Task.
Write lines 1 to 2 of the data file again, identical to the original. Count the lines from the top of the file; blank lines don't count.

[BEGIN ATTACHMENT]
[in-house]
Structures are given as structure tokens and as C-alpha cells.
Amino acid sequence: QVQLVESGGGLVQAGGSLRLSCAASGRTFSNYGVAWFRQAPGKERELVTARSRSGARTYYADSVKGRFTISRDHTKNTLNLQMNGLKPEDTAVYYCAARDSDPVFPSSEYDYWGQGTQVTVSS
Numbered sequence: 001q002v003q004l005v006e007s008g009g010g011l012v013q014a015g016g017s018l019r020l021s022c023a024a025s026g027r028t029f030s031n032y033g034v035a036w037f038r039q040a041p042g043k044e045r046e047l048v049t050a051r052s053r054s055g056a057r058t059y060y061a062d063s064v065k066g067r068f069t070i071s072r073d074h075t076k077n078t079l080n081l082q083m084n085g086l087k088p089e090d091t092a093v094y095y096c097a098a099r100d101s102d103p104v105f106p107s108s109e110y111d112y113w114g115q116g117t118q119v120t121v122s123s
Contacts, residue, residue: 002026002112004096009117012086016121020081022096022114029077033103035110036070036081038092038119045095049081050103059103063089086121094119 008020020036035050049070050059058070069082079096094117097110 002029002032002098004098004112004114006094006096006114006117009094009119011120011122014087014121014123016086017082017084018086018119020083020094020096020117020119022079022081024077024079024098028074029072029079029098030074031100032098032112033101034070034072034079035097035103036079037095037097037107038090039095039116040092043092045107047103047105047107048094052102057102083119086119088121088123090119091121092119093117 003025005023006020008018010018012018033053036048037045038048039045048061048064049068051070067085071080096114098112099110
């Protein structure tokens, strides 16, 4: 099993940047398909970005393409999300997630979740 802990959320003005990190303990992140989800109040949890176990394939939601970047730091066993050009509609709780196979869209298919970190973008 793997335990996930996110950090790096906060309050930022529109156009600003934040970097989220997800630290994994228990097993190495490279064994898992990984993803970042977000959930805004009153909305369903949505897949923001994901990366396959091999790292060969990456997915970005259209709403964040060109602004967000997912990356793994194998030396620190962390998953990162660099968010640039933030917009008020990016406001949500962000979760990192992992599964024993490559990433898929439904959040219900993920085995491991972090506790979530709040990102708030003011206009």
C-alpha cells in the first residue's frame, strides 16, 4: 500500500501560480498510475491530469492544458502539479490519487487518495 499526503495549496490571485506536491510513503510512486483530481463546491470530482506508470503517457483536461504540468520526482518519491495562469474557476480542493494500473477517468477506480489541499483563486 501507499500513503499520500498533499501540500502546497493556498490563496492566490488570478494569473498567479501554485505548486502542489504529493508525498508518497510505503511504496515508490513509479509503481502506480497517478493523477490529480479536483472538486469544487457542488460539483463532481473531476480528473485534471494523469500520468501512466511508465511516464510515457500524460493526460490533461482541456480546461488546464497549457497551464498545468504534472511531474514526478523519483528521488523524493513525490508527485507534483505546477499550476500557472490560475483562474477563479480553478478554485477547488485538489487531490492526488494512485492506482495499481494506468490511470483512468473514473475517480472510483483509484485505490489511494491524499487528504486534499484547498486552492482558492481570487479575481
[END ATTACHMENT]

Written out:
[in-house]
Structures are given as structure tokens and as C-alpha cells.